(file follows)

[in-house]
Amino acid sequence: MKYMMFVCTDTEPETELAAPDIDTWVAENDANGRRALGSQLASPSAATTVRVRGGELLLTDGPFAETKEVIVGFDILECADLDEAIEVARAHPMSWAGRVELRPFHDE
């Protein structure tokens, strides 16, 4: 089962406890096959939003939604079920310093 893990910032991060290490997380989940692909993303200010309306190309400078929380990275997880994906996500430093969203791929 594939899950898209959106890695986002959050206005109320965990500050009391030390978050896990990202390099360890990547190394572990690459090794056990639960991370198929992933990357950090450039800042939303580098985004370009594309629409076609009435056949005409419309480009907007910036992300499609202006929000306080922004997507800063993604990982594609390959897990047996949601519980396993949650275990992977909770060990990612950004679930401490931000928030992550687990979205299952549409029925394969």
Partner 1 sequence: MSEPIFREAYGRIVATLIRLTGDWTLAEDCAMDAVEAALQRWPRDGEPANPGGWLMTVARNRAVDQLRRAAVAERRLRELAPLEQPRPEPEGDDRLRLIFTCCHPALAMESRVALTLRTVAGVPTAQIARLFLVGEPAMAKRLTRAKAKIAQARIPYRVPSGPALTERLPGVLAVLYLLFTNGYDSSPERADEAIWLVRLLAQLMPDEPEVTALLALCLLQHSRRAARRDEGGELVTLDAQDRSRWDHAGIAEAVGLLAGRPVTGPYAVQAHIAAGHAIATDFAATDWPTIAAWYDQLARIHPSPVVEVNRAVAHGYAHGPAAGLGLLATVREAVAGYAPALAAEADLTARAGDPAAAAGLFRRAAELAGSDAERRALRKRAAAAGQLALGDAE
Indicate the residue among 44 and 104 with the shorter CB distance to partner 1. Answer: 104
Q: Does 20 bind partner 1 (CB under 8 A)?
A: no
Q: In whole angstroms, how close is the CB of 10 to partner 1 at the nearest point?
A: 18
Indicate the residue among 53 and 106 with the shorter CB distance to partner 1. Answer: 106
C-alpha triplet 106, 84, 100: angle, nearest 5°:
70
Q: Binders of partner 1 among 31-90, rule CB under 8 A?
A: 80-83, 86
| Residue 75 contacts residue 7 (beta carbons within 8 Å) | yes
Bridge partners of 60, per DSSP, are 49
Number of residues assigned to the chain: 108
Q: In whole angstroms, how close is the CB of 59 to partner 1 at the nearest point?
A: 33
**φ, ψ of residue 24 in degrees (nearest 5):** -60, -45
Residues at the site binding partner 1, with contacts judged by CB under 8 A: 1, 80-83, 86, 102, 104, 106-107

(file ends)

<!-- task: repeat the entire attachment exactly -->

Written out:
[in-house]
Amino acid sequence: MKYMMFVCTDTEPETELAAPDIDTWVAENDANGRRALGSQLASPSAATTVRVRGGELLLTDGPFAETKEVIVGFDILECADLDEAIEVARAHPMSWAGRVELRPFHDE
């Protein structure tokens, strides 16, 4: 089962406890096959939003939604079920310093 893990910032991060290490997380989940692909993303200010309306190309400078929380990275997880994906996500430093969203791929 594939899950898209959106890695986002959050206005109320965990500050009391030390978050896990990202390099360890990547190394572990690459090794056990639960991370198929992933990357950090450039800042939303580098985004370009594309629409076609009435056949005409419309480009907007910036992300499609202006929000306080922004997507800063993604990982594609390959897990047996949601519980396993949650275990992977909770060990990612950004679930401490931000928030992550687990979205299952549409029925394969």
Partner 1 sequence: MSEPIFREAYGRIVATLIRLTGDWTLAEDCAMDAVEAALQRWPRDGEPANPGGWLMTVARNRAVDQLRRAAVAERRLRELAPLEQPRPEPEGDDRLRLIFTCCHPALAMESRVALTLRTVAGVPTAQIARLFLVGEPAMAKRLTRAKAKIAQARIPYRVPSGPALTERLPGVLAVLYLLFTNGYDSSPERADEAIWLVRLLAQLMPDEPEVTALLALCLLQHSRRAARRDEGGELVTLDAQDRSRWDHAGIAEAVGLLAGRPVTGPYAVQAHIAAGHAIATDFAATDWPTIAAWYDQLARIHPSPVVEVNRAVAHGYAHGPAAGLGLLATVREAVAGYAPALAAEADLTARAGDPAAAAGLFRRAAELAGSDAERRALRKRAAAAGQLALGDAE
Indicate the residue among 44 and 104 with the shorter CB distance to partner 1. Answer: 104
Q: Does 20 bind partner 1 (CB under 8 A)?
A: no
Q: In whole angstroms, how close is the CB of 10 to partner 1 at the nearest point?
A: 18
Indicate the residue among 53 and 106 with the shorter CB distance to partner 1. Answer: 106
C-alpha triplet 106, 84, 100: angle, nearest 5°:
70
Q: Binders of partner 1 among 31-90, rule CB under 8 A?
A: 80-83, 86
| Residue 75 contacts residue 7 (beta carbons within 8 Å) | yes
Bridge partners of 60, per DSSP, are 49
Number of residues assigned to the chain: 108
Q: In whole angstroms, how close is the CB of 59 to partner 1 at the nearest point?
A: 33
**φ, ψ of residue 24 in degrees (nearest 5):** -60, -45
Residues at the site binding partner 1, with contacts judged by CB under 8 A: 1, 80-83, 86, 102, 104, 106-107